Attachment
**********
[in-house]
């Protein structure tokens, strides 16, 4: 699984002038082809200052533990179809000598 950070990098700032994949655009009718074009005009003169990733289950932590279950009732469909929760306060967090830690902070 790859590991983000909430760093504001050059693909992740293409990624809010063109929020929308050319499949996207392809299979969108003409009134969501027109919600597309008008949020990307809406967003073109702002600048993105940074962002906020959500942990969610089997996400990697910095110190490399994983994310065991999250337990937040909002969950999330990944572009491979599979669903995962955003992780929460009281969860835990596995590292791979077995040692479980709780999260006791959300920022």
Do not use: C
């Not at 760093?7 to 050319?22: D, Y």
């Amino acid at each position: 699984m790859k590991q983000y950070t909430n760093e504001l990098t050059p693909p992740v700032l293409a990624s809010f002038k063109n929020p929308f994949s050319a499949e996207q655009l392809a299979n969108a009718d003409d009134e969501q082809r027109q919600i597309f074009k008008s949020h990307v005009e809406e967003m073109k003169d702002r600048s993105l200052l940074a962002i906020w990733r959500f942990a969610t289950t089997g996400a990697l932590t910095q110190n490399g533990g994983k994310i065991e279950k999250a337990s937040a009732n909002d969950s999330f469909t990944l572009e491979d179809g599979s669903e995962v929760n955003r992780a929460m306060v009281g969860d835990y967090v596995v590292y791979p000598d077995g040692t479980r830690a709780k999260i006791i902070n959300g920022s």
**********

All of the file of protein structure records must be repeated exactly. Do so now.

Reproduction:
[in-house]
């Protein structure tokens, strides 16, 4: 699984002038082809200052533990179809000598 950070990098700032994949655009009718074009005009003169990733289950932590279950009732469909929760306060967090830690902070 790859590991983000909430760093504001050059693909992740293409990624809010063109929020929308050319499949996207392809299979969108003409009134969501027109919600597309008008949020990307809406967003073109702002600048993105940074962002906020959500942990969610089997996400990697910095110190490399994983994310065991999250337990937040909002969950999330990944572009491979599979669903995962955003992780929460009281969860835990596995590292791979077995040692479980709780999260006791959300920022």
Do not use: C
């Not at 760093?7 to 050319?22: D, Y």
């Amino acid at each position: 699984m790859k590991q983000y950070t909430n760093e504001l990098t050059p693909p992740v700032l293409a990624s809010f002038k063109n929020p929308f994949s050319a499949e996207q655009l392809a299979n969108a009718d003409d009134e969501q082809r027109q919600i597309f074009k008008s949020h990307v005009e809406e967003m073109k003169d702002r600048s993105l200052l940074a962002i906020w990733r959500f942990a969610t289950t089997g996400a990697l932590t910095q110190n490399g533990g994983k994310i065991e279950k999250a337990s937040a009732n909002d969950s999330f469909t990944l572009e491979d179809g599979s669903e995962v929760n955003r992780a929460m306060v009281g969860d835990y967090v596995v590292y791979p000598d077995g040692t479980r830690a709780k999260i006791i902070n959300g920022s």